Visual Studio Windows Application Setup Project


Creating a Setup Project

This article is going to rely on screen prints since there really isn't any code for this. The output will be a *.msi file that will install the application file(s), and add a shortcut to the desktop and to the
Programs menu.
Note: If the user does not have admin rights to their box, they will not be able to run the MSI script or install new applications on their box.
After you have created a new setup project, the first thing you will want to do is change the ProductName property on the setup project to match the application you are creating the setup for. I would also suggest changing the RemovePreviousVersion property to true. This is helpful when you want to release your next version of your app through this setup project.
Next, click on the "Application folder", then right click, and click on Add/File. At this point, you will be able to add the Exe you are trying to create the setup for.
Note: If you make changes to the Exe, you will need to re-compile the setup project as well. It might be a good choice to add a setup project to your Windows project solution. Then you can choose the project output option instead of the file.
Note: If you know what a merge module is and want to add one to the setup project, you need to right click on the setup project and click Add Merge Module.
Note: You must also add any config or icon files you may need for this solution, here:
Next, I always set the Always Create for the Program Directory to true. This is done by clicking on the "Application Folder" and then going to the properties.
Note: The DefaultLocation property will always be: [ProgramFilesFolder] [Manufacturer]\[ProductName]. If you want it to be something else, this is where to change it. Notice that the solution explorer has recognized the dependency or need for the .NET Framework for this app to run.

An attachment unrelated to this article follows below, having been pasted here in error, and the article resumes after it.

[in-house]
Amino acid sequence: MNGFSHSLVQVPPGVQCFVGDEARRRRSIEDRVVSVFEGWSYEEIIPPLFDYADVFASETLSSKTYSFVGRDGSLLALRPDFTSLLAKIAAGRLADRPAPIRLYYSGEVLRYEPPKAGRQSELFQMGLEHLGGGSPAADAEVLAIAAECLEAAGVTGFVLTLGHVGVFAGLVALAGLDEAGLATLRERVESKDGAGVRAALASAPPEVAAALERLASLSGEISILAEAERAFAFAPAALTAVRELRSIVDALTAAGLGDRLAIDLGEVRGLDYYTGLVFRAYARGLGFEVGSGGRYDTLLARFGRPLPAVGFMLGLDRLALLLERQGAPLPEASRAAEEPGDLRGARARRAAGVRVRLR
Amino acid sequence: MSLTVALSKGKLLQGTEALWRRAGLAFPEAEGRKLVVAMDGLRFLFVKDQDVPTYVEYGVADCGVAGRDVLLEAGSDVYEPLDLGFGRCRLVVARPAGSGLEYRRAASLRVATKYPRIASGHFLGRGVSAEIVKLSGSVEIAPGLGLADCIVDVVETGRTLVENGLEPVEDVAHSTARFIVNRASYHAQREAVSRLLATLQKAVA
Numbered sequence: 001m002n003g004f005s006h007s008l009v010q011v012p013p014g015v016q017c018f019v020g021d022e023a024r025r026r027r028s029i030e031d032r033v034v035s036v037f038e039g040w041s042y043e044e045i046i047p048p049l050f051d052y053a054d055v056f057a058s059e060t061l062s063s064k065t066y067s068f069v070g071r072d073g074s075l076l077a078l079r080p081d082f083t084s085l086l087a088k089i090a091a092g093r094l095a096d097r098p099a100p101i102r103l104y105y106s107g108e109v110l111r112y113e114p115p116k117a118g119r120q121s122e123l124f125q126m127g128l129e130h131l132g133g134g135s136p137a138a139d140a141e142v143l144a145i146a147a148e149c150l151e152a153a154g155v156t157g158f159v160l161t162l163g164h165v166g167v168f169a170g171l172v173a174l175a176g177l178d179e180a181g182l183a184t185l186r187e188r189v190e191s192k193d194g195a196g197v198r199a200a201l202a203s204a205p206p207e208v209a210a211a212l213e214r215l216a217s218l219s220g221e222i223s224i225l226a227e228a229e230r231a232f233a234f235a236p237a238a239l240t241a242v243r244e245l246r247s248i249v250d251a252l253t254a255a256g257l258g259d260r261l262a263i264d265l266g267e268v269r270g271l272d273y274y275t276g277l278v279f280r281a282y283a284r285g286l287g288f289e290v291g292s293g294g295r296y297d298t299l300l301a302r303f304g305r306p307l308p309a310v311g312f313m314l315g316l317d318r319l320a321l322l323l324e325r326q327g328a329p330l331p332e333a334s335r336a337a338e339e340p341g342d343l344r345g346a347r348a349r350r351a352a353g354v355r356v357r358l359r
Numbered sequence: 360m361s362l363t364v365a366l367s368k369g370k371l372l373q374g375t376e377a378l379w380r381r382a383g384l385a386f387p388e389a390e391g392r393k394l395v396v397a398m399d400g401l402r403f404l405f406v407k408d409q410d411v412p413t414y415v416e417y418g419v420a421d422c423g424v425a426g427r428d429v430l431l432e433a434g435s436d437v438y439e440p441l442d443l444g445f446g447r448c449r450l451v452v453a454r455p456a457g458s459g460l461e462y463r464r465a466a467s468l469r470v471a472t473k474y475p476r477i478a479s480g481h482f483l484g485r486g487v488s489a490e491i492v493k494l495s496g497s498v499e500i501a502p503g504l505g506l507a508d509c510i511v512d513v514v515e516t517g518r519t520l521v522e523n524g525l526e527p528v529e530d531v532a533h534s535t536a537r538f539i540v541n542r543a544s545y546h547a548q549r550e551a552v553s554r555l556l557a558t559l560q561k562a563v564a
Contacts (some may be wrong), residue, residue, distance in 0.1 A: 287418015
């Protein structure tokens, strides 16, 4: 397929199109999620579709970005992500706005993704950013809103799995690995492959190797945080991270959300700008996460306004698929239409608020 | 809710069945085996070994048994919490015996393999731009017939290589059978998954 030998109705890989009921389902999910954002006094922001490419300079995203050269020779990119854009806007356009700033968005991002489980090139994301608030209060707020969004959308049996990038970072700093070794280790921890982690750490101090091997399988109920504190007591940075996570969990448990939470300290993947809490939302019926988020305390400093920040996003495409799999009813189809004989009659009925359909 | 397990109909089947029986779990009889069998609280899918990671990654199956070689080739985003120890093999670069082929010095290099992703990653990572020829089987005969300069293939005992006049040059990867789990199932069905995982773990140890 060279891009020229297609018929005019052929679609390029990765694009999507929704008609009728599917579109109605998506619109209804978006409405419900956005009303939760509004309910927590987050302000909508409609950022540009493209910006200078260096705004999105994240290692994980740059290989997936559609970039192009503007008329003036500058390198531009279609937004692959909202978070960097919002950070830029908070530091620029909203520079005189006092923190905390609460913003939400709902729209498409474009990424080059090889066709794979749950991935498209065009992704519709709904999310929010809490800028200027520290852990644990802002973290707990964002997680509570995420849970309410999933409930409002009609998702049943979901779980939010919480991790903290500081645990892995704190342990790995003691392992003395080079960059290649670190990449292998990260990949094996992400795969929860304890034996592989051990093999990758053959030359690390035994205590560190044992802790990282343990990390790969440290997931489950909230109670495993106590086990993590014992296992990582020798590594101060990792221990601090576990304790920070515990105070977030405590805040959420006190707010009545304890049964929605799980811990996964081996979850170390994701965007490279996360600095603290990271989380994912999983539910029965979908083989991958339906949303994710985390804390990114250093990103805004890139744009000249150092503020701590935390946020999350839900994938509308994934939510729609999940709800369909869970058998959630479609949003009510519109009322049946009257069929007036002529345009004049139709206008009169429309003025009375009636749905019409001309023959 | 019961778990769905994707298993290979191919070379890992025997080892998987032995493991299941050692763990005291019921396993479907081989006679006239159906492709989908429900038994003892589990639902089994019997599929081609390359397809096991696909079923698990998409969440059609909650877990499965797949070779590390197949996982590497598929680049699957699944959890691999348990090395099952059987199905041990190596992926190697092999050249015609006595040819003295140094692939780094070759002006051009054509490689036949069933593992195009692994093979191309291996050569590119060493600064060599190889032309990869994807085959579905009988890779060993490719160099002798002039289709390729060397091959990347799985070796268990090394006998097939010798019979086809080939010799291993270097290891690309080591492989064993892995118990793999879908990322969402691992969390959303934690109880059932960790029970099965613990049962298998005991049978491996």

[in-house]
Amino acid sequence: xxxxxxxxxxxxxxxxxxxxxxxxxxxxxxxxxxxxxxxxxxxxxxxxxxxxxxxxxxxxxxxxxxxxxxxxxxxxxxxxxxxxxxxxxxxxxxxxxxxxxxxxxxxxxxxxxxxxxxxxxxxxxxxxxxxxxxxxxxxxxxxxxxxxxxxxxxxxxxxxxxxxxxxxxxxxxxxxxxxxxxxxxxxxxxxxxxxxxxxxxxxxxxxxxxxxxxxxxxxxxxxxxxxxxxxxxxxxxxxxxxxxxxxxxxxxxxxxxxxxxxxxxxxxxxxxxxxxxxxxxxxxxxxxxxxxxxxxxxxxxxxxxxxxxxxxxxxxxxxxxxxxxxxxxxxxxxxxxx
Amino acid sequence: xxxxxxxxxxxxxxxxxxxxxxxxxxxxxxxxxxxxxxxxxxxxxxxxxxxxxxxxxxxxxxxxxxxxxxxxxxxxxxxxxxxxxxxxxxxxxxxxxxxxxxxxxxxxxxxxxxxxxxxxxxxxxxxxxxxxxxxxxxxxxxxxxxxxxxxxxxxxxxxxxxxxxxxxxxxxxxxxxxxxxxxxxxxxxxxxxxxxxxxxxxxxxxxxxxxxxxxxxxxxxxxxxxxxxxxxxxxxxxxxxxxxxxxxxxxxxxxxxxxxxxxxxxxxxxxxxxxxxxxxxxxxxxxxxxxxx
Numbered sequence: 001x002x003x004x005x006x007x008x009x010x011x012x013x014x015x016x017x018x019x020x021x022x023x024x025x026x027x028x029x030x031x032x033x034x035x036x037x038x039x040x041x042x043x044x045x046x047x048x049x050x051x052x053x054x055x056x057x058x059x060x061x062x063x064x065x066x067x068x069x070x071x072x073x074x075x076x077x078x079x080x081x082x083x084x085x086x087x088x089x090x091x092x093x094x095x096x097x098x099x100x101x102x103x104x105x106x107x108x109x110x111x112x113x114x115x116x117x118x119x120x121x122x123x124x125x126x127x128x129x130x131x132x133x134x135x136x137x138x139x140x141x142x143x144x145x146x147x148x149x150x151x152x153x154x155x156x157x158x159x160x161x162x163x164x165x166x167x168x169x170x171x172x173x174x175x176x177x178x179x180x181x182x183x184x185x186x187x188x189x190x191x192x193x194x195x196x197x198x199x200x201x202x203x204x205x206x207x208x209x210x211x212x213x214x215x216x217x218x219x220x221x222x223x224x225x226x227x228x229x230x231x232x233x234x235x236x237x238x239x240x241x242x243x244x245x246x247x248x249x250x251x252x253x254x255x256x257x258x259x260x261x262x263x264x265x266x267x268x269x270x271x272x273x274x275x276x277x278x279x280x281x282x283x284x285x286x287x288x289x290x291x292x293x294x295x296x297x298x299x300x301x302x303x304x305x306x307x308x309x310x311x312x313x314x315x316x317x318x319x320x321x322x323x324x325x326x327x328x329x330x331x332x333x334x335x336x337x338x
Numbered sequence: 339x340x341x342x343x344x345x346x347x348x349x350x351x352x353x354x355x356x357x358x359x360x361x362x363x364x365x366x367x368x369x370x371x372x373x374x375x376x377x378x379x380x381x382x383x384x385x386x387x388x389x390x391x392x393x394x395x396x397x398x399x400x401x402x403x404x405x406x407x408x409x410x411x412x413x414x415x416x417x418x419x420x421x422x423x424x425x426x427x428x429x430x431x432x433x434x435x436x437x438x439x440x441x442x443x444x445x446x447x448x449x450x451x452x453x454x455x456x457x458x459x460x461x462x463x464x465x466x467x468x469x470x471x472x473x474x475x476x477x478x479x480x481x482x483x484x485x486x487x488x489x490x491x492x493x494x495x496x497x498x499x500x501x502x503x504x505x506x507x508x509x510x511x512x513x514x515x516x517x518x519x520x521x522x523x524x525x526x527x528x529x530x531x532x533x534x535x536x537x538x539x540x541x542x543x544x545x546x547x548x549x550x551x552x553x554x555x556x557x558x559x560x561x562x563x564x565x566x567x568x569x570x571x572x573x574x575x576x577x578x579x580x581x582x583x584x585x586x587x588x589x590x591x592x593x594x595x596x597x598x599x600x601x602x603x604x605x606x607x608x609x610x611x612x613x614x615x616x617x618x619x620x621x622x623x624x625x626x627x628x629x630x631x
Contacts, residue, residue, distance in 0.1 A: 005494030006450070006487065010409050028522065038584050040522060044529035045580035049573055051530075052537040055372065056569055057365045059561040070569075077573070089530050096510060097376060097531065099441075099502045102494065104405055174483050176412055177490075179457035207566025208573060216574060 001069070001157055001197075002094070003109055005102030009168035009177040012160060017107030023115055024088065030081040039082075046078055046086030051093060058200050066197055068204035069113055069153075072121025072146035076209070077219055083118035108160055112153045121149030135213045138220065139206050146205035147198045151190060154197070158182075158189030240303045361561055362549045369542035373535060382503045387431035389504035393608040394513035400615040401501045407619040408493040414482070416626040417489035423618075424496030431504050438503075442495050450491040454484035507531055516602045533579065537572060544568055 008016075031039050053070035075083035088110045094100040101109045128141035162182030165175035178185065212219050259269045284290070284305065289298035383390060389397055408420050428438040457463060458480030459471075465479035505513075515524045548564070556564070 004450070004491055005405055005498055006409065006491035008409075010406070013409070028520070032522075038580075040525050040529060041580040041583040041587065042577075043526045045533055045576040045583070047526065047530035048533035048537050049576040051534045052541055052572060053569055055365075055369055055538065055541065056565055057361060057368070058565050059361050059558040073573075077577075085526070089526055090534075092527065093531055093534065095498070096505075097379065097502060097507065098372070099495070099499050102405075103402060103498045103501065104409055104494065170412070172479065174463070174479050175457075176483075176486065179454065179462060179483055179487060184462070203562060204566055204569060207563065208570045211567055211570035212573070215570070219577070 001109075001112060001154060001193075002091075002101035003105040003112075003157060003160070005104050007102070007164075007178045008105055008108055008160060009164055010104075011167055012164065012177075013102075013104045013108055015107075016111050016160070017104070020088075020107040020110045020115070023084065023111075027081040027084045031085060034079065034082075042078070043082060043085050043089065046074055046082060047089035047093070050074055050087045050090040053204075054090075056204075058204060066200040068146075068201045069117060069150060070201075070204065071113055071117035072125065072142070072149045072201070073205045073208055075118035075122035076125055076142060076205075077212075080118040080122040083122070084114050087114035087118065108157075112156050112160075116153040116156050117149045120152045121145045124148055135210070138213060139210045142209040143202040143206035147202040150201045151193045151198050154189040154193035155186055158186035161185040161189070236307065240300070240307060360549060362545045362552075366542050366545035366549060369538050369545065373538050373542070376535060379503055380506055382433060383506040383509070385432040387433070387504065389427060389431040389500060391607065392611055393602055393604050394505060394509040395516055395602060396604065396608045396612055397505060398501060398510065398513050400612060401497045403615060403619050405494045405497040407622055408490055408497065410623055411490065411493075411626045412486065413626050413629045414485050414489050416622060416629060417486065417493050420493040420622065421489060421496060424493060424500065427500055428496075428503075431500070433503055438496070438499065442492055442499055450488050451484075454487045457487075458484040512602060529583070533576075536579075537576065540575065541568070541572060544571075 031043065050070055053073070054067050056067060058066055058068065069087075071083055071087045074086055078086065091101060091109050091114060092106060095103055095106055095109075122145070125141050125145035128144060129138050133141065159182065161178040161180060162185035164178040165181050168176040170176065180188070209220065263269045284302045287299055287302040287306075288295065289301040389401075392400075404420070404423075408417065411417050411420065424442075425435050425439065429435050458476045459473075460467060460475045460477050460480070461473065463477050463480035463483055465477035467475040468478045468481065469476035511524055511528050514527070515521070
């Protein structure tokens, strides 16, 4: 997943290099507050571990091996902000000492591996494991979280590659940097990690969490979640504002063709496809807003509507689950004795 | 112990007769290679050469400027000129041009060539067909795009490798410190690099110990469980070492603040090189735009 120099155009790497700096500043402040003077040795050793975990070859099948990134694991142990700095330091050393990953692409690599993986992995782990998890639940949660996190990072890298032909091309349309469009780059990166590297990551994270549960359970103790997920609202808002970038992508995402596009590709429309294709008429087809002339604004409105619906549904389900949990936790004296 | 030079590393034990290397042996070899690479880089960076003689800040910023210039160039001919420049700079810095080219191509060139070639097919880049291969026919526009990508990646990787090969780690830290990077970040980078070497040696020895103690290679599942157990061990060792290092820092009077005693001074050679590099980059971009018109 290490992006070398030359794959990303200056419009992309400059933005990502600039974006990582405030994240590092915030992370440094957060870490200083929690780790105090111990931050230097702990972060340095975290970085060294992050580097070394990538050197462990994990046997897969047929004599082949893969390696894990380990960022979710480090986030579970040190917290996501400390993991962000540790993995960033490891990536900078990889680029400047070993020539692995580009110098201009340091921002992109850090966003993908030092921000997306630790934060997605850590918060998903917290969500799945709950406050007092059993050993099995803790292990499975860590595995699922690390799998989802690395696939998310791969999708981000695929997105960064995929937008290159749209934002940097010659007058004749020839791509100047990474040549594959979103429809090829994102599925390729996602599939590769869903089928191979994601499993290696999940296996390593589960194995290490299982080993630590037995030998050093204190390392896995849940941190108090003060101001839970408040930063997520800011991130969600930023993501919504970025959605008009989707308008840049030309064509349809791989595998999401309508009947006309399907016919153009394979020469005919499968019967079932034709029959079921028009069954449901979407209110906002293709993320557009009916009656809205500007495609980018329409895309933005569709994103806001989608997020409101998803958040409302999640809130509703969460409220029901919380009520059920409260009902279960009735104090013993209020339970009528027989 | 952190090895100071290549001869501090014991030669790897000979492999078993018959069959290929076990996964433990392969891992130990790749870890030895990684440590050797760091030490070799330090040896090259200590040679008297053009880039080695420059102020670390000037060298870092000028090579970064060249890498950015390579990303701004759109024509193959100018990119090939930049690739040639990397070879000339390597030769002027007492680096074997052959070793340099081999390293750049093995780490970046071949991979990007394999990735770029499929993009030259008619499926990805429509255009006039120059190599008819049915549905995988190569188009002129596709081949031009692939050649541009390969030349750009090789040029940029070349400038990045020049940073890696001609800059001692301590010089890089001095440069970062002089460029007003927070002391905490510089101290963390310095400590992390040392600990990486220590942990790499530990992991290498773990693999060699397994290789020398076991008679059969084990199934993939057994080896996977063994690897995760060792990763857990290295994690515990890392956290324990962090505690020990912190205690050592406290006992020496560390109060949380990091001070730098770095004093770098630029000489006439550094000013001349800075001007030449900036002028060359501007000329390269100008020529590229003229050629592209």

Next, we want to create a shortcut to our application on the desktop. First, click on the "User's desktop" folder. Then right click and click on "Create New Shortcut".
Next, you will see a dialog box to choose the application you want to create a shortcut to. Go to "Application folder" and add the exe you added in the previous step.
If you click on the "User's desktop" and go to the Properties window, you will see some options. Something I normally add to the shortcut is a check to see if it already exists. This is an example of what little coding you can do in a setup project. I have turned on AlwaysCreate on the shortcut property. In doing this, I need to have a condition or I will multiply my desktop shortcuts with every new release. So I set the Transitive property to True and I set the condition to FILEEXISTS1<>"Shortcut to RunOnceOnlyCS.exe", where what is in the "" needs to match the name of the shortcut.
Note: If you want your shortcut to have your application's icon, you need to add your icon file to the "Application folder". Next, click on the shortcut you just created in your "User's desktop". There is an icon property. Click the down arrow to get the dialog box. Navigate to the "Application folder" and select the icon file you just added.
Next, if you want to create a shortcut in the Start/All Programs menu, it is very similar to creating a shortcut on the "User's desktop". First, click on the "User's programs menu", then right click and add a folder. Name the folder the same as whatever your company or manufacturer name would be. Then, click on that newly created folder and add a shortcut just like we did in the step above.
Finally, when you need to create a new setup for the next release of your application, you need to go to the setup project properties and change the version before you re-compile the setup project.
Once you click off the version property, you will get a prompt to update the GUID for the ProductCode.
Note: If you do not click the Yes button in the dialog, you must manually get a new GUID for the ProductCode for the setup to properly remove the old program and install the new program.
Note: Do Not change the UpgradeCode GUID. If you do, the user will have to uninstall the old program manually before the new version can be installed.


I hope this article has given you a taste of how to use the VS Setup Project. It is not the perfect solution for distributing Windows applications, but it is useful in certain situations where this solution fits the need.

You Might Also Like